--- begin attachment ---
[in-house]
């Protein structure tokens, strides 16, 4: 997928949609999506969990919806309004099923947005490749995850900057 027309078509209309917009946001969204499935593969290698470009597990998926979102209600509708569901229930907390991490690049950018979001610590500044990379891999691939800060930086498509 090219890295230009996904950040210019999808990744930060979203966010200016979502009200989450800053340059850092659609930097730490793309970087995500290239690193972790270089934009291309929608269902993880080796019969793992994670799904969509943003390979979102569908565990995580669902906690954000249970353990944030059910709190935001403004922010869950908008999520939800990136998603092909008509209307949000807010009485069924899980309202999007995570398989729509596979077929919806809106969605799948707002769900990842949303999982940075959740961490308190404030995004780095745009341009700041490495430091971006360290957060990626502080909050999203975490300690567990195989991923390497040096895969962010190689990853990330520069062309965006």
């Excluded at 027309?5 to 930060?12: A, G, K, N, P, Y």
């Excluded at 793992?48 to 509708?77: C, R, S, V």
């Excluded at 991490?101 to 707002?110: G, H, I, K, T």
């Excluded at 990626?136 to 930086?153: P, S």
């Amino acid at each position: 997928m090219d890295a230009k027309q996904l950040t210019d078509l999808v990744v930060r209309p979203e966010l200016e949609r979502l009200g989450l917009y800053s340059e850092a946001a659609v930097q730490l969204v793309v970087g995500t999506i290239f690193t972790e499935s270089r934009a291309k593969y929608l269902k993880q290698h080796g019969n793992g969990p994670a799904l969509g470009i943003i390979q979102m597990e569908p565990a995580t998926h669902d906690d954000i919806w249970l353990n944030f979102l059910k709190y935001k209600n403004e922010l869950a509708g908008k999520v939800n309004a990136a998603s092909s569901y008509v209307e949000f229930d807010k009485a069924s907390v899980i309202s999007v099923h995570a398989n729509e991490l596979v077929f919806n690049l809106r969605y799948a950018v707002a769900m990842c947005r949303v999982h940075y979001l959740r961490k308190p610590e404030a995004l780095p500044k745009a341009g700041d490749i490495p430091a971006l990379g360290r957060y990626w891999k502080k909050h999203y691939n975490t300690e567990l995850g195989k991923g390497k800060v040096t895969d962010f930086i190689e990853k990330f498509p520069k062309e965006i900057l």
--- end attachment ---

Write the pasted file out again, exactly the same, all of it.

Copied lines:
[in-house]
């Protein structure tokens, strides 16, 4: 997928949609999506969990919806309004099923947005490749995850900057 027309078509209309917009946001969204499935593969290698470009597990998926979102209600509708569901229930907390991490690049950018979001610590500044990379891999691939800060930086498509 090219890295230009996904950040210019999808990744930060979203966010200016979502009200989450800053340059850092659609930097730490793309970087995500290239690193972790270089934009291309929608269902993880080796019969793992994670799904969509943003390979979102569908565990995580669902906690954000249970353990944030059910709190935001403004922010869950908008999520939800990136998603092909008509209307949000807010009485069924899980309202999007995570398989729509596979077929919806809106969605799948707002769900990842949303999982940075959740961490308190404030995004780095745009341009700041490495430091971006360290957060990626502080909050999203975490300690567990195989991923390497040096895969962010190689990853990330520069062309965006």
């Excluded at 027309?5 to 930060?12: A, G, K, N, P, Y």
């Excluded at 793992?48 to 509708?77: C, R, S, V």
């Excluded at 991490?101 to 707002?110: G, H, I, K, T």
């Excluded at 990626?136 to 930086?153: P, S």
């Amino acid at each position: 997928m090219d890295a230009k027309q996904l950040t210019d078509l999808v990744v930060r209309p979203e966010l200016e949609r979502l009200g989450l917009y800053s340059e850092a946001a659609v930097q730490l969204v793309v970087g995500t999506i290239f690193t972790e499935s270089r934009a291309k593969y929608l269902k993880q290698h080796g019969n793992g969990p994670a799904l969509g470009i943003i390979q979102m597990e569908p565990a995580t998926h669902d906690d954000i919806w249970l353990n944030f979102l059910k709190y935001k209600n403004e922010l869950a509708g908008k999520v939800n309004a990136a998603s092909s569901y008509v209307e949000f229930d807010k009485a069924s907390v899980i309202s999007v099923h995570a398989n729509e991490l596979v077929f919806n690049l809106r969605y799948a950018v707002a769900m990842c947005r949303v999982h940075y979001l959740r961490k308190p610590e404030a995004l780095p500044k745009a341009g700041d490749i490495p430091a971006l990379g360290r957060y990626w891999k502080k909050h999203y691939n975490t300690e567990l995850g195989k991923g390497k800060v040096t895969d962010f930086i190689e990853k990330f498509p520069k062309e965006i900057l």